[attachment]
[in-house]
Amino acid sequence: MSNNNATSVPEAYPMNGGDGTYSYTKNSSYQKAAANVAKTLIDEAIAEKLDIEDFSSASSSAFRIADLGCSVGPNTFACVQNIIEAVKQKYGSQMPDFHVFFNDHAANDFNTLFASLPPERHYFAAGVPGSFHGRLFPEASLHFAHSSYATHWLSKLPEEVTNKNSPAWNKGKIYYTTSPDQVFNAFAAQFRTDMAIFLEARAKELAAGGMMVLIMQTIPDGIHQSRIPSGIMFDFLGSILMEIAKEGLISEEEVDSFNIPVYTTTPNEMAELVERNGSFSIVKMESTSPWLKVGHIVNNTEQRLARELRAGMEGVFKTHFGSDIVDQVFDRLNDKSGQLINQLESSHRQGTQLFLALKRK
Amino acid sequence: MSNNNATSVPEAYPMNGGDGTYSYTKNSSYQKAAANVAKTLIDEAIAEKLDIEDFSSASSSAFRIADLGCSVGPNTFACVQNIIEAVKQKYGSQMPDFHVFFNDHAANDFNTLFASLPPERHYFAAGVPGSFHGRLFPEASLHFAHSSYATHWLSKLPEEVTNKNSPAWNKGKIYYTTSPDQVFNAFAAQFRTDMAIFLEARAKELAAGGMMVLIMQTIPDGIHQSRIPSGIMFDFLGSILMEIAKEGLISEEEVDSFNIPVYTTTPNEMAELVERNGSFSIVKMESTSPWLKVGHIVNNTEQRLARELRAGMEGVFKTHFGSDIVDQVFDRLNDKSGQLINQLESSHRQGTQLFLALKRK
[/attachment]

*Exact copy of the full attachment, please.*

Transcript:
[in-house]
Amino acid sequence: MSNNNATSVPEAYPMNGGDGTYSYTKNSSYQKAAANVAKTLIDEAIAEKLDIEDFSSASSSAFRIADLGCSVGPNTFACVQNIIEAVKQKYGSQMPDFHVFFNDHAANDFNTLFASLPPERHYFAAGVPGSFHGRLFPEASLHFAHSSYATHWLSKLPEEVTNKNSPAWNKGKIYYTTSPDQVFNAFAAQFRTDMAIFLEARAKELAAGGMMVLIMQTIPDGIHQSRIPSGIMFDFLGSILMEIAKEGLISEEEVDSFNIPVYTTTPNEMAELVERNGSFSIVKMESTSPWLKVGHIVNNTEQRLARELRAGMEGVFKTHFGSDIVDQVFDRLNDKSGQLINQLESSHRQGTQLFLALKRK
Amino acid sequence: MSNNNATSVPEAYPMNGGDGTYSYTKNSSYQKAAANVAKTLIDEAIAEKLDIEDFSSASSSAFRIADLGCSVGPNTFACVQNIIEAVKQKYGSQMPDFHVFFNDHAANDFNTLFASLPPERHYFAAGVPGSFHGRLFPEASLHFAHSSYATHWLSKLPEEVTNKNSPAWNKGKIYYTTSPDQVFNAFAAQFRTDMAIFLEARAKELAAGGMMVLIMQTIPDGIHQSRIPSGIMFDFLGSILMEIAKEGLISEEEVDSFNIPVYTTTPNEMAELVERNGSFSIVKMESTSPWLKVGHIVNNTEQRLARELRAGMEGVFKTHFGSDIVDQVFDRLNDKSGQLINQLESSHRQGTQLFLALKRK